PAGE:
Kyphosis results in a backward-curving spine, often associated with osteoporosis. While some rounding is normal, a rounding of 40 - 45 degrees is known as kyphosis. Compression fractures occur when loss of bone tissue causes the vertebrae to collapse, becoming wedge-shaped instead of rectangular.
The thoracic spine consists of the middle 12 vertebrae, which connect to your ribs. Those with kyphosis, may have normal looking spines or may develop a hump. Kyphosis may affect people of all ages.
It may occur as a result of developmental problems; degenerative diseases, such as spinal arthritis; osteoporosis with compression fractures of the vertebrae; or trauma to the spine. It can affect children, adolescents and adults.
Kyphosis may be mild and cause few problems. Or it may be severe and affect the lungs, nerves and other tissues and organs, causing pain and other problems.
Those who suffer from kyphosis often experience pain and are limited in daily activities.
Evaluation of back and neck pain requires a physician experienced in diagnosing spinal conditions. The work-up begins with a detailed history and physical examination. Your medical history helps your doctor understand your back and neck pain, and the influence of your lifestyle in contributing to your pain.
During your physical exam, your neurosurgeon examines your spine and neurological system to pinpoint the source of pain. Simple tests for flexibility and muscle strength may also be conducted. Diagnostic tests may be ordered to confirm the location and source of your pain. Common tests that may be conducted include the following.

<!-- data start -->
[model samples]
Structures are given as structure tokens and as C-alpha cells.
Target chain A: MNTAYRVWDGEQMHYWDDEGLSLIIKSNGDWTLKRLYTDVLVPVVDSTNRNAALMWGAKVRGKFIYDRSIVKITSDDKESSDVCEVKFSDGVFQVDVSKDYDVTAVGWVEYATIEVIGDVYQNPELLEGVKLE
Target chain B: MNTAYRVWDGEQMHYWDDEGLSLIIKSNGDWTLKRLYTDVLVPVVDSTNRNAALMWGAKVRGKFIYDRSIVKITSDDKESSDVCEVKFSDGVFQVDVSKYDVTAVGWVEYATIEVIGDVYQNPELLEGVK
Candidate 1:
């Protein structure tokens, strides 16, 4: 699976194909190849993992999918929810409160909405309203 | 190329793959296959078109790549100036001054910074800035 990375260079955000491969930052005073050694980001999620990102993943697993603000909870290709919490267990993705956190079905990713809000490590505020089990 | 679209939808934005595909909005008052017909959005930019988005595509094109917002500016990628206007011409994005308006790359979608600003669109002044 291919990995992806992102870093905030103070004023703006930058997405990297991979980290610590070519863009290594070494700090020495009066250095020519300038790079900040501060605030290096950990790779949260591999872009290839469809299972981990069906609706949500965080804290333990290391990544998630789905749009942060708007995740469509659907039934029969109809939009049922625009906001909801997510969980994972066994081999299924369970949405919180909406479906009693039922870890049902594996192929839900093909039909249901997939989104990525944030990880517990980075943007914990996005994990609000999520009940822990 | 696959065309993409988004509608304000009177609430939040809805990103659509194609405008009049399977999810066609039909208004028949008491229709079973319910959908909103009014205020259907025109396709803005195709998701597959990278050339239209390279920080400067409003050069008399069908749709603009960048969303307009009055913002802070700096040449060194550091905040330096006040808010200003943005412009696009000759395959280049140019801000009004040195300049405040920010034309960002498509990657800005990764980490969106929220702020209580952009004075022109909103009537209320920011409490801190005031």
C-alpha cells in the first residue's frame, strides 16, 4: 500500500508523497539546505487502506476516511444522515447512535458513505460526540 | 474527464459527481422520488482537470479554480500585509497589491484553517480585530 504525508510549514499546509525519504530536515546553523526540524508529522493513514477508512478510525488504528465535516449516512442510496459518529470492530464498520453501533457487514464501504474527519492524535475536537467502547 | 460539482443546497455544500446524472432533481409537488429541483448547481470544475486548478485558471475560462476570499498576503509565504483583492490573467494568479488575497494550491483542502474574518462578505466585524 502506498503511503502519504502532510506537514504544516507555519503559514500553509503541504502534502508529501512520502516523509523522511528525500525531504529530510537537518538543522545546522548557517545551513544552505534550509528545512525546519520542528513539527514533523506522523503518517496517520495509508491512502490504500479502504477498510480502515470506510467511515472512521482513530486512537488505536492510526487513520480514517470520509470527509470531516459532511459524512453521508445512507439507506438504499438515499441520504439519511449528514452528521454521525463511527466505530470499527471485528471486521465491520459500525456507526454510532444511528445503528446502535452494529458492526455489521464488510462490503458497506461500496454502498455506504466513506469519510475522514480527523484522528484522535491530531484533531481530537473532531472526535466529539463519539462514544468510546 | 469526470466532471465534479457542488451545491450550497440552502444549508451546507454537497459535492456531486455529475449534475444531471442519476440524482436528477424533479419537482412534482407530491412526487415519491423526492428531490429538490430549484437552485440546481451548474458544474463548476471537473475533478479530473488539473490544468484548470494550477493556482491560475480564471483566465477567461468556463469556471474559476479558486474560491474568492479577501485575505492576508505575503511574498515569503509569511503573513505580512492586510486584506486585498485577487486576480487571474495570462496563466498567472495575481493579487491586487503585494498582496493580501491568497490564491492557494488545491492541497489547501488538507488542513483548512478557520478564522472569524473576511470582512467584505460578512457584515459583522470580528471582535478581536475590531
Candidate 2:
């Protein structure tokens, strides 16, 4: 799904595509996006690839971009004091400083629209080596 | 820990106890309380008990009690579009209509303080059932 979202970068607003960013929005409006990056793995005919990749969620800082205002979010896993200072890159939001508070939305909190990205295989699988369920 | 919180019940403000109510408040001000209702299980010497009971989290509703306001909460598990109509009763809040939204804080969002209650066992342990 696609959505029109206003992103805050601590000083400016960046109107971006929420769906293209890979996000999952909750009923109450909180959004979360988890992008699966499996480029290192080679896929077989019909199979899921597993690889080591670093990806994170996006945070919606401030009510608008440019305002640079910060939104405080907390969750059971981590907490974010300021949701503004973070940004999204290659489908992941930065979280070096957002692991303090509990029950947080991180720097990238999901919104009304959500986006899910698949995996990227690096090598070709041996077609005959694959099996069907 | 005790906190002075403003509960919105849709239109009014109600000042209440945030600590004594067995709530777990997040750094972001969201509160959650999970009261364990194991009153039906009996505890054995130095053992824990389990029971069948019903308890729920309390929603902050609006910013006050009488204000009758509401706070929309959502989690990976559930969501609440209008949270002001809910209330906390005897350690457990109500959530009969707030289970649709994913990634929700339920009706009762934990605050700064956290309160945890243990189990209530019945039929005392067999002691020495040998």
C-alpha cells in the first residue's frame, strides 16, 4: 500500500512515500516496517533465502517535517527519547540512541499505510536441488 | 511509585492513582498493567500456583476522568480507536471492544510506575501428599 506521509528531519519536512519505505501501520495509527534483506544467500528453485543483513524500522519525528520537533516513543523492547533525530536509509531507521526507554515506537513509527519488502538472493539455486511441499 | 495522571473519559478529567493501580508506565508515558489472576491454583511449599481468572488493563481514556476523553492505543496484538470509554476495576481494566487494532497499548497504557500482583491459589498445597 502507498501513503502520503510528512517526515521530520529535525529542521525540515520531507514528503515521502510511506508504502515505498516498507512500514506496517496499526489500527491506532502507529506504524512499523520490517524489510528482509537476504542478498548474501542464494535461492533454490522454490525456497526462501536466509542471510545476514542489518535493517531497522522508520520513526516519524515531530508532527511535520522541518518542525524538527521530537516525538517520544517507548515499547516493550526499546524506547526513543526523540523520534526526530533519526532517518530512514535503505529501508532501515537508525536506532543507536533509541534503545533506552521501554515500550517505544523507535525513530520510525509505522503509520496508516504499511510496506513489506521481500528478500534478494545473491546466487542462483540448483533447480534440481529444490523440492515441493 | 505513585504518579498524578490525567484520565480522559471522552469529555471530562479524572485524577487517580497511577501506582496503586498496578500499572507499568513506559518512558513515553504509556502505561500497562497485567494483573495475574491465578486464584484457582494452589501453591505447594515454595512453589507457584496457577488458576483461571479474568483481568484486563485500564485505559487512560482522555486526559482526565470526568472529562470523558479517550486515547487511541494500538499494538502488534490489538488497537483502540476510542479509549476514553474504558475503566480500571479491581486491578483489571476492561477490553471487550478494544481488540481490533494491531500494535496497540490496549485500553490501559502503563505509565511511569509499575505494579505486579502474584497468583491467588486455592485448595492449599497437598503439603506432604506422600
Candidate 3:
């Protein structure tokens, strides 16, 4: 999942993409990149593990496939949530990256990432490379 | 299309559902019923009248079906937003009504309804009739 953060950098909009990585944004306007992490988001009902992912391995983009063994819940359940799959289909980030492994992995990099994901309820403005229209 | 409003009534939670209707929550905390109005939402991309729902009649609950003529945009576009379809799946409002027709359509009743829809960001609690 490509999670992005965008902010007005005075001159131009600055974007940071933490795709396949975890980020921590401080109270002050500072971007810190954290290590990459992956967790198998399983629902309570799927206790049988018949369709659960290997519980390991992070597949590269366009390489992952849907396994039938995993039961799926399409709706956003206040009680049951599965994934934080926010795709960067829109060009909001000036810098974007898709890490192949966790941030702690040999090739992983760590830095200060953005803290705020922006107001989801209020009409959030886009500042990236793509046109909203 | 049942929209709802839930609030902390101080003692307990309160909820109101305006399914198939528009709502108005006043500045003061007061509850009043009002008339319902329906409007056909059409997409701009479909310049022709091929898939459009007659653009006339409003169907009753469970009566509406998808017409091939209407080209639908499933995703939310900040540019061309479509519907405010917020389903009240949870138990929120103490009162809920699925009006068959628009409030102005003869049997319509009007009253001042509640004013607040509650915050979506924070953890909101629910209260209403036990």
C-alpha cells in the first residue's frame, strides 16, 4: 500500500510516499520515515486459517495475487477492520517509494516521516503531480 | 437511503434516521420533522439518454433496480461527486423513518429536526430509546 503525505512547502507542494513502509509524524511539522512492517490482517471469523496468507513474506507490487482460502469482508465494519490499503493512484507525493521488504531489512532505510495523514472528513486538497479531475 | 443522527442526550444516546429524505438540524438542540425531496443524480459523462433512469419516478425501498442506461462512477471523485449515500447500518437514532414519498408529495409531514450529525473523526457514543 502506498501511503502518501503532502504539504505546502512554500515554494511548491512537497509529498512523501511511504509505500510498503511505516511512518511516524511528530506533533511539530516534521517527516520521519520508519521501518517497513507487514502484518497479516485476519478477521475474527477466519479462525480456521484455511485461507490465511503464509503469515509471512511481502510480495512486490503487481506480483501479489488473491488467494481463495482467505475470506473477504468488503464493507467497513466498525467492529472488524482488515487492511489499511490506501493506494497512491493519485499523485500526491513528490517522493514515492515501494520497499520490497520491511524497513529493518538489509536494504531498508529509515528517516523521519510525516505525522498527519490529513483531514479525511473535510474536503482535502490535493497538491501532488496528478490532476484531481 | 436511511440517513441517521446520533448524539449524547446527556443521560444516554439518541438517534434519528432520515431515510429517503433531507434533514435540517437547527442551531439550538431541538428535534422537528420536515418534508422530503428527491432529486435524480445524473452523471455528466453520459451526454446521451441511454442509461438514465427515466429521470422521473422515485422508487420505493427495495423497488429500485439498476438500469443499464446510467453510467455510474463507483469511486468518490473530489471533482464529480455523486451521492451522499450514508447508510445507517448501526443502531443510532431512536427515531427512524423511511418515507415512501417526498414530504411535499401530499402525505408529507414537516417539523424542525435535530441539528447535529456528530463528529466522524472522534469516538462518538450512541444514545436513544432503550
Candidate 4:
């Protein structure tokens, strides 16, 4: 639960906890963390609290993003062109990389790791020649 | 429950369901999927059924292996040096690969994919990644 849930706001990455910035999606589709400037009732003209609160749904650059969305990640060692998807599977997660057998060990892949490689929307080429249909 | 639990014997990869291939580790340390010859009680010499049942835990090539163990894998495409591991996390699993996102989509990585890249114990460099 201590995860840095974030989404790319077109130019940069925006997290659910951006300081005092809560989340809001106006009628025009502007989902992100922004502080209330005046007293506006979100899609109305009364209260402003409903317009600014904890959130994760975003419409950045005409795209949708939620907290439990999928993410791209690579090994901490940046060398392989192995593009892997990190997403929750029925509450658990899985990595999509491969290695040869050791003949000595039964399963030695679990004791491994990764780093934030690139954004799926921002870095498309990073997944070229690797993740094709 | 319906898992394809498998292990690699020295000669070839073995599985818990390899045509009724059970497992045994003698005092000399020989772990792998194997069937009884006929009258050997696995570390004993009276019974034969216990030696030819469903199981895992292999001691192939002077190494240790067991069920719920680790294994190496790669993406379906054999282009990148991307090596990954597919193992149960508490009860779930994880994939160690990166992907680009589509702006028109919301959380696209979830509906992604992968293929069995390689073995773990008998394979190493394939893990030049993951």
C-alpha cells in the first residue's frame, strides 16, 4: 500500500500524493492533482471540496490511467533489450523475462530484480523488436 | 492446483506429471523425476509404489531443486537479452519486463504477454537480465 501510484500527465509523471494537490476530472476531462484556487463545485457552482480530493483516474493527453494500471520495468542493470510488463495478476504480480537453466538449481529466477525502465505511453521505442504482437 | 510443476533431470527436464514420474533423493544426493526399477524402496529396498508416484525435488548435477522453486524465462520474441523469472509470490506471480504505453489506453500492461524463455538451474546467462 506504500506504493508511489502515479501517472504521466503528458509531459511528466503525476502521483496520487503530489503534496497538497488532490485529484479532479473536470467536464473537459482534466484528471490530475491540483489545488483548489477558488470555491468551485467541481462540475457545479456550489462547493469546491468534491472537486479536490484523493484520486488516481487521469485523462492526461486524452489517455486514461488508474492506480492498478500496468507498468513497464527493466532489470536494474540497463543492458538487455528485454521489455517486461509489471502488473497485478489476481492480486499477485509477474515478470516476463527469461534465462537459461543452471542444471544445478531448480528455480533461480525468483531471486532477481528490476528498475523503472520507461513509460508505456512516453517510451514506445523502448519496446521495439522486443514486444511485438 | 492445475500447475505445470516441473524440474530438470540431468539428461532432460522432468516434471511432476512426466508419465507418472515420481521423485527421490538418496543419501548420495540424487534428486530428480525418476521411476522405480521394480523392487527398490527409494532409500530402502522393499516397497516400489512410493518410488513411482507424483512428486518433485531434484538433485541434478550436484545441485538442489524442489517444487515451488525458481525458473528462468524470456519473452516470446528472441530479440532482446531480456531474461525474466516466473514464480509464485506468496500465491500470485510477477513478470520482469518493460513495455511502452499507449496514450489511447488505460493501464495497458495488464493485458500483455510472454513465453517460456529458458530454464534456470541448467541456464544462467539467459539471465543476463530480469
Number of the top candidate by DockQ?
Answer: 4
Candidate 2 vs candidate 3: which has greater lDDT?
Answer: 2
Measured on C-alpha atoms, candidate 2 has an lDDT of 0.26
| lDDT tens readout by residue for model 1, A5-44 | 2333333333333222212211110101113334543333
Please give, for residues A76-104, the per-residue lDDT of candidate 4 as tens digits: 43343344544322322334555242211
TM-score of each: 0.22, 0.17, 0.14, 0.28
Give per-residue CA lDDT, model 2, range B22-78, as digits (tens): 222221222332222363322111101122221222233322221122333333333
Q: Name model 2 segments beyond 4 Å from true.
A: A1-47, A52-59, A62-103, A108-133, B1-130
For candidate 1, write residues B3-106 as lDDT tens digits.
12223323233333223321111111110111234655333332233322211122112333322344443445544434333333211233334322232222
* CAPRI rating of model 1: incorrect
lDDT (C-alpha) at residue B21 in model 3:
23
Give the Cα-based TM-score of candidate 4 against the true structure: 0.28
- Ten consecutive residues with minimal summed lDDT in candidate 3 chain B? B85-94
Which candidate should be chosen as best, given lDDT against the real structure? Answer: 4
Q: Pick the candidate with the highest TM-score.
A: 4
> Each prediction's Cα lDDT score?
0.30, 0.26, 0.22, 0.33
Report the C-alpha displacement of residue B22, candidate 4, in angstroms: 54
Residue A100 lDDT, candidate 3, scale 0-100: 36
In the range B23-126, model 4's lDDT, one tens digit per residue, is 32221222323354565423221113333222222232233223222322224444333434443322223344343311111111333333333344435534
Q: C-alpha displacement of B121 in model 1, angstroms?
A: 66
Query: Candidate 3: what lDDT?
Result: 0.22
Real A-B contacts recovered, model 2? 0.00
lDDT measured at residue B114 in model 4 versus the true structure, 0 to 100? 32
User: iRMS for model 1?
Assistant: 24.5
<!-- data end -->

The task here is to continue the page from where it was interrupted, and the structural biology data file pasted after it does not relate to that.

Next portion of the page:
Forward bend test
Your doctor may request that you bend forward from the waist while he or she views the spine from the side. The rounding of the upper back may become more obvious in the forward position.
Neurological functions test
While it is rare for neurological changes to accompany kyphosis, your doctor may look for indications of weakness, changes in sensation or paralysis below the site of the kyphosis.
An X-ray may be used to confirm the kyphosis, determine the degree of curvature and detect any deformity of the vertebrae. This can be helpful in determining the type of kyphosis. Indications of a wedge-shaped vertebra or other features on X-ray differentiate between postural kyphosis and Scheuermann's kyphosis. X-rays may show arthritic changes in the spine, which may contribute to an increase in pain.
Pulmonary function tests
These tests may be used to measure breathing to assess any breathing difficulty caused by the kyphosis.
Kyphosis treatment depends on the cause of the curvature and its effects. Treatment may range from physical therapy to braces to surgery. Kyphoplasty, or Balloon Kyphoplasty is a relatively new procedure that corrects kyphosis. Kyphoplasty has the following benefits:
During kyphoplasty, under general or local anesthesia, the surgeon makes a one-half inch incision and creates a very small pathway into fractured vertebra. A bone balloon is then inserted through the pathway and inflated, raising the collapsed vertebra.
After it is removed, the balloon leaves a space inside the bone. Each space is filled with material, called an internal cast, similar to the paste dentists use to create dentures, to support the bone. Each fracture takes approximately one hour to repair. Nearly 70% to 90% of patients who undergo kyphoplasty experience immediate relief and may quickly return to daily activities.